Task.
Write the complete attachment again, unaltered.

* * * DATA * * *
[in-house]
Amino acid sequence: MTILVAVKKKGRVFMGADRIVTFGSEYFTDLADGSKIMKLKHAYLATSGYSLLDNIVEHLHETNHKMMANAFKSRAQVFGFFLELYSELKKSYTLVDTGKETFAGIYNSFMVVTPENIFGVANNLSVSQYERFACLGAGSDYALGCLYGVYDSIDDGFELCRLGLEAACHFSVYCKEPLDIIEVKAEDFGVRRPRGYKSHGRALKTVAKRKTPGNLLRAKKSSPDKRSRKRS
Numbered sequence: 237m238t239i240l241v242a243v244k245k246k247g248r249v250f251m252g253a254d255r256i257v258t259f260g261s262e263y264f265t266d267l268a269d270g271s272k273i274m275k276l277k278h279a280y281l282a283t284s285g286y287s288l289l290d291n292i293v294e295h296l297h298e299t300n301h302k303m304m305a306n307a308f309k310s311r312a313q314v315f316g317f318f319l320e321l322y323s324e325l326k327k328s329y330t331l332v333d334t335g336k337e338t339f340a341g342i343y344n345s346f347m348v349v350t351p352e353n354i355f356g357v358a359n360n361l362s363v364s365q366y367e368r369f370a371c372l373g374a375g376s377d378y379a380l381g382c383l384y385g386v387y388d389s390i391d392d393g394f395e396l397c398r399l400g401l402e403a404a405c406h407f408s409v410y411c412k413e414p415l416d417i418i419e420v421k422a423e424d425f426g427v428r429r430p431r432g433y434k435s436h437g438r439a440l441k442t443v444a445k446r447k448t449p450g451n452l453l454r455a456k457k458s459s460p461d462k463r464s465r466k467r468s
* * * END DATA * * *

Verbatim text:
[in-house]
Amino acid sequence: MTILVAVKKKGRVFMGADRIVTFGSEYFTDLADGSKIMKLKHAYLATSGYSLLDNIVEHLHETNHKMMANAFKSRAQVFGFFLELYSELKKSYTLVDTGKETFAGIYNSFMVVTPENIFGVANNLSVSQYERFACLGAGSDYALGCLYGVYDSIDDGFELCRLGLEAACHFSVYCKEPLDIIEVKAEDFGVRRPRGYKSHGRALKTVAKRKTPGNLLRAKKSSPDKRSRKRS
Numbered sequence: 237m238t239i240l241v242a243v244k245k246k247g248r249v250f251m252g253a254d255r256i257v258t259f260g261s262e263y264f265t266d267l268a269d270g271s272k273i274m275k276l277k278h279a280y281l282a283t284s285g286y287s288l289l290d291n292i293v294e295h296l297h298e299t300n301h302k303m304m305a306n307a308f309k310s311r312a313q314v315f316g317f318f319l320e321l322y323s324e325l326k327k328s329y330t331l332v333d334t335g336k337e338t339f340a341g342i343y344n345s346f347m348v349v350t351p352e353n354i355f356g357v358a359n360n361l362s363v364s365q366y367e368r369f370a371c372l373g374a375g376s377d378y379a380l381g382c383l384y385g386v387y388d389s390i391d392d393g394f395e396l397c398r399l400g401l402e403a404a405c406h407f408s409v410y411c412k413e414p415l416d417i418i419e420v421k422a423e424d425f426g427v428r429r430p431r432g433y434k435s436h437g438r439a440l441k442t443v444a445k446r447k448t449p450g451n452l453l454r455a456k457k458s459s460p461d462k463r464s465r466k467r468s